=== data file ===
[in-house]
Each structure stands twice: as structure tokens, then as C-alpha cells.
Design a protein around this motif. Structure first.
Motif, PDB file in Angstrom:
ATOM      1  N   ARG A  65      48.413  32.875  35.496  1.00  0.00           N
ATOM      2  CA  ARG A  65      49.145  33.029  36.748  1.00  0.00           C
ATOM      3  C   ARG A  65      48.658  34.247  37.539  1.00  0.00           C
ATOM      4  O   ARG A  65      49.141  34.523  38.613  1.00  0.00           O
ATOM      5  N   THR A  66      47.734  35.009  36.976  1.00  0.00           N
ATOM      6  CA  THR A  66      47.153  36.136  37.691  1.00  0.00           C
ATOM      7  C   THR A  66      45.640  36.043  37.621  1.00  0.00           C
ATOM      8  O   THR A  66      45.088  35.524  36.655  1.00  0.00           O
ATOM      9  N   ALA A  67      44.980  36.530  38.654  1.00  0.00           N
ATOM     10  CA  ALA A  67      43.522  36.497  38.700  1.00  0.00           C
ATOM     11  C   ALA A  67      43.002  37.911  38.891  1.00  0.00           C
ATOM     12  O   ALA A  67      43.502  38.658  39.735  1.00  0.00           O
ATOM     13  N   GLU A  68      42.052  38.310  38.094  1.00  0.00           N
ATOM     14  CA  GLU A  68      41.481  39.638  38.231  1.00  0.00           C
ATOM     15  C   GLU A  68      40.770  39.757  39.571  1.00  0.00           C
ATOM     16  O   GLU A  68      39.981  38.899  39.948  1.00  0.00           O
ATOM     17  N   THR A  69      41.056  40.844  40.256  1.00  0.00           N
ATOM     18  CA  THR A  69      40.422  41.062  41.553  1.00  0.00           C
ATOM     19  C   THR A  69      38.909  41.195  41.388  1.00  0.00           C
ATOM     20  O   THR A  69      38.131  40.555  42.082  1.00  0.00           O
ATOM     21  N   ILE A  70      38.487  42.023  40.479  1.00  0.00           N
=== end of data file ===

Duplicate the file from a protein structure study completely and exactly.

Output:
[in-house]
Each structure stands twice: as structure tokens, then as C-alpha cells.
Design a protein around this motif. Structure first.
Motif, PDB file in Angstrom:
ATOM      1  N   ARG A  65      48.413  32.875  35.496  1.00  0.00           N
ATOM      2  CA  ARG A  65      49.145  33.029  36.748  1.00  0.00           C
ATOM      3  C   ARG A  65      48.658  34.247  37.539  1.00  0.00           C
ATOM      4  O   ARG A  65      49.141  34.523  38.613  1.00  0.00           O
ATOM      5  N   THR A  66      47.734  35.009  36.976  1.00  0.00           N
ATOM      6  CA  THR A  66      47.153  36.136  37.691  1.00  0.00           C
ATOM      7  C   THR A  66      45.640  36.043  37.621  1.00  0.00           C
ATOM      8  O   THR A  66      45.088  35.524  36.655  1.00  0.00           O
ATOM      9  N   ALA A  67      44.980  36.530  38.654  1.00  0.00           N
ATOM     10  CA  ALA A  67      43.522  36.497  38.700  1.00  0.00           C
ATOM     11  C   ALA A  67      43.002  37.911  38.891  1.00  0.00           C
ATOM     12  O   ALA A  67      43.502  38.658  39.735  1.00  0.00           O
ATOM     13  N   GLU A  68      42.052  38.310  38.094  1.00  0.00           N
ATOM     14  CA  GLU A  68      41.481  39.638  38.231  1.00  0.00           C
ATOM     15  C   GLU A  68      40.770  39.757  39.571  1.00  0.00           C
ATOM     16  O   GLU A  68      39.981  38.899  39.948  1.00  0.00           O
ATOM     17  N   THR A  69      41.056  40.844  40.256  1.00  0.00           N
ATOM     18  CA  THR A  69      40.422  41.062  41.553  1.00  0.00           C
ATOM     19  C   THR A  69      38.909  41.195  41.388  1.00  0.00           C
ATOM     20  O   THR A  69      38.131  40.555  42.082  1.00  0.00           O
ATOM     21  N   ILE A  70      38.487  42.023  40.479  1.00  0.00           N